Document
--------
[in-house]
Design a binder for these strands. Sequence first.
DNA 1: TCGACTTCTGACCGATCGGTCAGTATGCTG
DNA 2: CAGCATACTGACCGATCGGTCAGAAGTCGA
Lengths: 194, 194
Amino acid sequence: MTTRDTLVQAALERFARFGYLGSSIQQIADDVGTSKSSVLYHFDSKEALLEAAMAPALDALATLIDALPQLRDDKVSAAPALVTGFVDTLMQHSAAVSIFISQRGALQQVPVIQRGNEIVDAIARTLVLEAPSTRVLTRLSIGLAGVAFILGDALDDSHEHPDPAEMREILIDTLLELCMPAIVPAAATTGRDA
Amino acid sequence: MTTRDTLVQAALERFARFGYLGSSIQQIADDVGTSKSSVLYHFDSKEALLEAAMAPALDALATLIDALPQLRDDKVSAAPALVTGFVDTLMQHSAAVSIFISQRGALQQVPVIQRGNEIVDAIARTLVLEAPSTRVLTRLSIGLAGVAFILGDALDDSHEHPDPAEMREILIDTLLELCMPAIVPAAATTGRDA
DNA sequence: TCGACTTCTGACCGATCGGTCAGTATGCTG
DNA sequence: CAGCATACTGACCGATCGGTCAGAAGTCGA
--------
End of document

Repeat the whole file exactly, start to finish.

[in-house]
Design a binder for these strands. Sequence first.
DNA 1: TCGACTTCTGACCGATCGGTCAGTATGCTG
DNA 2: CAGCATACTGACCGATCGGTCAGAAGTCGA
Lengths: 194, 194
Amino acid sequence: MTTRDTLVQAALERFARFGYLGSSIQQIADDVGTSKSSVLYHFDSKEALLEAAMAPALDALATLIDALPQLRDDKVSAAPALVTGFVDTLMQHSAAVSIFISQRGALQQVPVIQRGNEIVDAIARTLVLEAPSTRVLTRLSIGLAGVAFILGDALDDSHEHPDPAEMREILIDTLLELCMPAIVPAAATTGRDA
Amino acid sequence: MTTRDTLVQAALERFARFGYLGSSIQQIADDVGTSKSSVLYHFDSKEALLEAAMAPALDALATLIDALPQLRDDKVSAAPALVTGFVDTLMQHSAAVSIFISQRGALQQVPVIQRGNEIVDAIARTLVLEAPSTRVLTRLSIGLAGVAFILGDALDDSHEHPDPAEMREILIDTLLELCMPAIVPAAATTGRDA
DNA sequence: TCGACTTCTGACCGATCGGTCAGTATGCTG
DNA sequence: CAGCATACTGACCGATCGGTCAGAAGTCGA